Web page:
FMERA OKs Lease of Former Fort Property for County DPW Site

Eatontown residents, officials angered over approval to house DPW and 13 of its vehicles

Even as some residents remain angry, county and local officials are holding up a recent negotiation over a former Fort Monmouth property as an example of collaboration verses parochialism.

On Wednesday the board of the Fort Monmouth Economic Revitalization Authority approved a resolution to lease the former Fort Monmouth motor pool as the new home of the county's department of public works.

About a dozen Eatontown residents came to voice their anger over what they see as a quality of life issue in their backyards.

Despite the opposition, a resolution to award a lease of the property to the county was approved by all members of the board, except Eatontown Mayor Gerald Tarantolo, who abstained pending environmental concerns raised by residents at the meeting.

College Avenue resident Rosalie Steed, who has lived in her home for 35 years, told the board that she was angry and disappointed about the lease. "The trucks, diesel fumes, pumps, the tower, are all too close to our homes," she told the FMERA board. " You're downgrading our properties for future sale. Maybe many of you don't live here but we do."

The matter was first introduced at the board's August meeting. After Eatontown's mayor and a council member spoke out against the proposed lease, the county met with the town officials on three occasions to hammer out an arrangement that would better suit the borough, but still give the county access to the site, which the county DPW Director John Tobia told Patch would save the county $15 million in its work to serve this portion of the county.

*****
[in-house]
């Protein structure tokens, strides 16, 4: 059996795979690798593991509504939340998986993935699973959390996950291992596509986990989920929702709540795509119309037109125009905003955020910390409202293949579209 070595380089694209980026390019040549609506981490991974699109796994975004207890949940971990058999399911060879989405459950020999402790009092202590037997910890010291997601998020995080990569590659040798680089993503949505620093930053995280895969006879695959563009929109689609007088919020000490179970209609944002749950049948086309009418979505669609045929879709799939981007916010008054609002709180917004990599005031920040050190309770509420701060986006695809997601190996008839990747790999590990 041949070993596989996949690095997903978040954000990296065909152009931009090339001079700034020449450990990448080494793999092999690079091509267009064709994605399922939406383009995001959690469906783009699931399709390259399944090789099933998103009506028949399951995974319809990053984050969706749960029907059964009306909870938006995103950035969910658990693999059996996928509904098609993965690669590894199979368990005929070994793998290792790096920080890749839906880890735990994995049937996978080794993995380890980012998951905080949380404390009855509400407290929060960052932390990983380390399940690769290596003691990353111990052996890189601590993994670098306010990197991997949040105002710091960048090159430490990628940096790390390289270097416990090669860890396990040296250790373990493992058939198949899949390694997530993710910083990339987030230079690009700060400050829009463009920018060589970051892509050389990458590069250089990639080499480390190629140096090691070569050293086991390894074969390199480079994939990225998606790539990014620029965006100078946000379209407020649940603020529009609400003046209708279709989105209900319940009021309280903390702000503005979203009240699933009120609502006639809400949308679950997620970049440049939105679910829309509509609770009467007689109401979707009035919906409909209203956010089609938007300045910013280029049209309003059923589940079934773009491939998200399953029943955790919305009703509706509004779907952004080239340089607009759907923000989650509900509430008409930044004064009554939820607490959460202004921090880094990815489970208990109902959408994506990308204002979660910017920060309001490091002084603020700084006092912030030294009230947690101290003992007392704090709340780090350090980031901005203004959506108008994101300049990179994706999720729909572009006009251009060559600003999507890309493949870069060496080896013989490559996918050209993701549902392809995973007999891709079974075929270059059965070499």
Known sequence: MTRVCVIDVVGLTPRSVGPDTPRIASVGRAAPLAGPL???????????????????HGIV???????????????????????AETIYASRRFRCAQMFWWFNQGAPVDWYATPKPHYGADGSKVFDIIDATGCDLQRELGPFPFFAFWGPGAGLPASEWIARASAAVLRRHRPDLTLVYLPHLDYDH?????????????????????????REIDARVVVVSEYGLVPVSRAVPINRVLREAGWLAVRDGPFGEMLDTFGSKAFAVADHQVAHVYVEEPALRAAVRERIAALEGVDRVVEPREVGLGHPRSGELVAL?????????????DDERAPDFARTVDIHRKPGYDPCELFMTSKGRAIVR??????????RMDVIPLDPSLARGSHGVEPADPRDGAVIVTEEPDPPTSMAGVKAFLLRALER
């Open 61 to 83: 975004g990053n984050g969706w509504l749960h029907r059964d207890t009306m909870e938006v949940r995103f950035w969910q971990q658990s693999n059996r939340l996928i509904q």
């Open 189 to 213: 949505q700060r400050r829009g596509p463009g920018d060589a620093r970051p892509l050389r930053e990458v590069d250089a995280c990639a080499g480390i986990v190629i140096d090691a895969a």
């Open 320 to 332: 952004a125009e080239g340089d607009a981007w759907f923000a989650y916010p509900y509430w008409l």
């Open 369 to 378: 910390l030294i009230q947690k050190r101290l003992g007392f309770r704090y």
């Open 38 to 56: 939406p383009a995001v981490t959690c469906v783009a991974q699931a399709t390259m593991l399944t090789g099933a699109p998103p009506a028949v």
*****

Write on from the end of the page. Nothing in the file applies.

The meetings between county and Eatontown officials resulted in the following changes to the plan:

  • Bermed landscape buffers along the boundary with residential block and side yards;
  • Deed restrict boundary lines to preclude any additional streets or pass-throughs;
  • Remove and transform specific currently asphalted areas to green space (Tiros Avenue);
  • Direct county vehicle traffic away from the Nicodemus Avenue neighborhood;
  • Set aside additional green spaces;
  • Not allow commercial truck washes or sharing of facilities with other entities (except other local municipalities);